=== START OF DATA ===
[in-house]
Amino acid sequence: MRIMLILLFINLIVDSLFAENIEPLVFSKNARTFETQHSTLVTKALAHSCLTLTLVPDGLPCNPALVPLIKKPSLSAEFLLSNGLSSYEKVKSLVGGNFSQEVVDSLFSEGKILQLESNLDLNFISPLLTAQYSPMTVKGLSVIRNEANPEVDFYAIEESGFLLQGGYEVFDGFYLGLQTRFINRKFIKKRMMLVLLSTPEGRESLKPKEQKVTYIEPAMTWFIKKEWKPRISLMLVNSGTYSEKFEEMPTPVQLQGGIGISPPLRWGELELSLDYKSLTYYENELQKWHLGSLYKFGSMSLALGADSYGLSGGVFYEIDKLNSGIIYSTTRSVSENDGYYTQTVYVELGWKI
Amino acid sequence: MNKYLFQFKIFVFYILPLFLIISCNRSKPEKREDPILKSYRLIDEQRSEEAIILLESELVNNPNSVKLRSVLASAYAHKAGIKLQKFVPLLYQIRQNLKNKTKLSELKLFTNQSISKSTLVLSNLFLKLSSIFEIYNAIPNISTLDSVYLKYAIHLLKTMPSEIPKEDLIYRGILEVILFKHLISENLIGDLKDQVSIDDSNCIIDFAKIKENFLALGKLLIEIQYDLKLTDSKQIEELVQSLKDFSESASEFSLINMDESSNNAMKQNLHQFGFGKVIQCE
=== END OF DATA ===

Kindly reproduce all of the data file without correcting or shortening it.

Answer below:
[in-house]
Amino acid sequence: MRIMLILLFINLIVDSLFAENIEPLVFSKNARTFETQHSTLVTKALAHSCLTLTLVPDGLPCNPALVPLIKKPSLSAEFLLSNGLSSYEKVKSLVGGNFSQEVVDSLFSEGKILQLESNLDLNFISPLLTAQYSPMTVKGLSVIRNEANPEVDFYAIEESGFLLQGGYEVFDGFYLGLQTRFINRKFIKKRMMLVLLSTPEGRESLKPKEQKVTYIEPAMTWFIKKEWKPRISLMLVNSGTYSEKFEEMPTPVQLQGGIGISPPLRWGELELSLDYKSLTYYENELQKWHLGSLYKFGSMSLALGADSYGLSGGVFYEIDKLNSGIIYSTTRSVSENDGYYTQTVYVELGWKI
Amino acid sequence: MNKYLFQFKIFVFYILPLFLIISCNRSKPEKREDPILKSYRLIDEQRSEEAIILLESELVNNPNSVKLRSVLASAYAHKAGIKLQKFVPLLYQIRQNLKNKTKLSELKLFTNQSISKSTLVLSNLFLKLSSIFEIYNAIPNISTLDSVYLKYAIHLLKTMPSEIPKEDLIYRGILEVILFKHLISENLIGDLKDQVSIDDSNCIIDFAKIKENFLALGKLLIEIQYDLKLTDSKQIEELVQSLKDFSESASEFSLINMDESSNNAMKQNLHQFGFGKVIQCE